Antelope Allotment Grazing Followup
Apr 9, 2019
Concerned Friends of the Winema, Klamath-Siskiyou Wildlands Center, Western Watersheds Project, Oregon Wild, and Central Oregon Bitterbrush Broads of the Great Old Broads for Wilderness v. Douglas C. McKay, Barry L. Imler, U.S. Forest Service, Laurie Sada, U.S. Fish and Wildlife Service
Concerned Friends of the Winema
Klamath-Siskiyou Wildlands Center
Western Watersheds Project
Great Old Broads for Wilderness
Oregon Spotted FrogStates:
April 7, 2023 — Advocates for the West filed our opening brief on appeal.
February 25, 2020 — Advocates for the West filed our reply brief in this case.
December 20, 2019 — Advocates for the West filed a motion for summary judgment in this case. We are asking the court to issue a ruling in our favor based on more than a decade of the agency’s own scientific evidence and our experts’ opinions, which show livestock grazing practices on the Antelope Allotment cause significant harm to the unique and delicate riparian area within the allotment. This aquatic habitat is home to a highly imperiled population of Oregon spotted frog and rare native plants, which are treasured by conservation groups, scientists, and other members of the public.
June 21, 2019 — In this fourth round of litigation seeking to protect Oregon spotted frogs and their sensitive fen habitats on the Fremont-Winema National Forest of south/central Oregon, our preliminary injunction motion forced the US Forest Service to reduce grazing authorized for 2019 by over 90% while the agency tries to comply with its duties under the National Forest Management Act, Endangered Species Act, and National Environmental Policy Act.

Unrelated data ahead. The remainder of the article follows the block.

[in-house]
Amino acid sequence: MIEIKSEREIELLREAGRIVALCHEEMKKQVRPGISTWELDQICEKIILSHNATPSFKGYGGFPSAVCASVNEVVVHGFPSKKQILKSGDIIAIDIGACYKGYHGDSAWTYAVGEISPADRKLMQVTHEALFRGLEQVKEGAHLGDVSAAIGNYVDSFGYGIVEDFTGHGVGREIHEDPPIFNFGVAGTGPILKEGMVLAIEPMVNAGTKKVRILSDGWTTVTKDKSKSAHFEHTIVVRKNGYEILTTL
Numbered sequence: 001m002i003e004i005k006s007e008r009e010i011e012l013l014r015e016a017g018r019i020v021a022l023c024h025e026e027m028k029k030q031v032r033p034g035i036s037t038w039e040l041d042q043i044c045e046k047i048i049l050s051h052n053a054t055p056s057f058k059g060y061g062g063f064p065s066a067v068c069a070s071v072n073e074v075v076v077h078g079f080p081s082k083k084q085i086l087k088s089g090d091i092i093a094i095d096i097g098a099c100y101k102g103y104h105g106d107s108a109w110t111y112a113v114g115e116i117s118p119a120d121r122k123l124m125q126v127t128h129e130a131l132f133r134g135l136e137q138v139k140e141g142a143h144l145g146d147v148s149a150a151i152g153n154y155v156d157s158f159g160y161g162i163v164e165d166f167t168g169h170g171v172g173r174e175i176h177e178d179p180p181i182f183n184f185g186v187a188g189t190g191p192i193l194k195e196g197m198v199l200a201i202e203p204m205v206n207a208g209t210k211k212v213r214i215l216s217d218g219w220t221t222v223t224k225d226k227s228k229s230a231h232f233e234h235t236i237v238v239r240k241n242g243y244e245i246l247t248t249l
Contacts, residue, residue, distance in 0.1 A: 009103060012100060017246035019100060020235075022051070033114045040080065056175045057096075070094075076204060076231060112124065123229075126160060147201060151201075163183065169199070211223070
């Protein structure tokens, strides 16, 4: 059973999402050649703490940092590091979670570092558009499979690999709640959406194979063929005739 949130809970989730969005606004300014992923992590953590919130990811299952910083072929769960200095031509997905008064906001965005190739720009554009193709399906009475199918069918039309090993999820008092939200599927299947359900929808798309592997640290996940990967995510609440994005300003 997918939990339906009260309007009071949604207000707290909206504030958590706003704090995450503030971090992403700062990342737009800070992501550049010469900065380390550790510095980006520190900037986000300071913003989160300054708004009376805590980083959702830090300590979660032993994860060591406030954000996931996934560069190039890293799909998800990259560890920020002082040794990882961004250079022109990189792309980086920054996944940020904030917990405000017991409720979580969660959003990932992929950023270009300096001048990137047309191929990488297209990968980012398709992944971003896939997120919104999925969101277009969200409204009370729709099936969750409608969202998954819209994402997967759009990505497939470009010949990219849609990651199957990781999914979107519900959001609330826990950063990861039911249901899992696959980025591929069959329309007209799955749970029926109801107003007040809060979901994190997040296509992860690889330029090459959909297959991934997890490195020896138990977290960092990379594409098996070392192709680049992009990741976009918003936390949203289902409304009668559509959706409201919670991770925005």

April 9, 2019 – Advocates for the West filed a lawsuit and moved for a preliminary injunction to stop a livestock grazing plan from harming some of the best remaining public land habitat for the rare Oregon spotted frog. The species, found in Jack Creek on the Antelope allotment of the Fremont-Winema National Forest, is listed under the Endangered Species Act. The allotment also contains the highest concentration of fens – a unique wetland that houses rare and diverse plant species – on Forest Service lands in the Pacific Northwest. Grazing degrades and destroys the frog’s habitat and fen complexes, and cattle trample, kill, and disturb the animals in their sensitive aquatic environments.
In 2016, we won a strong ruling that halted grazing on the allotment for 2017 and 2018 and ordered the Forest Service to fully study and evaluate grazing impacts to the frog and its habitat. But rather than solve these longstanding conflicts, the agency issued a decision to substantially expand and increase livestock grazing on the allotment. The new grazing permit includes access to more parts of Jack Creek and previously closed acreage for livestock use.
We are seeking to block the grazing plan on the allotment pending resolution to the lawsuit. This area is treasured by many conservation groups, individuals, and scientists for its ecological, aesthetic, and recreational values.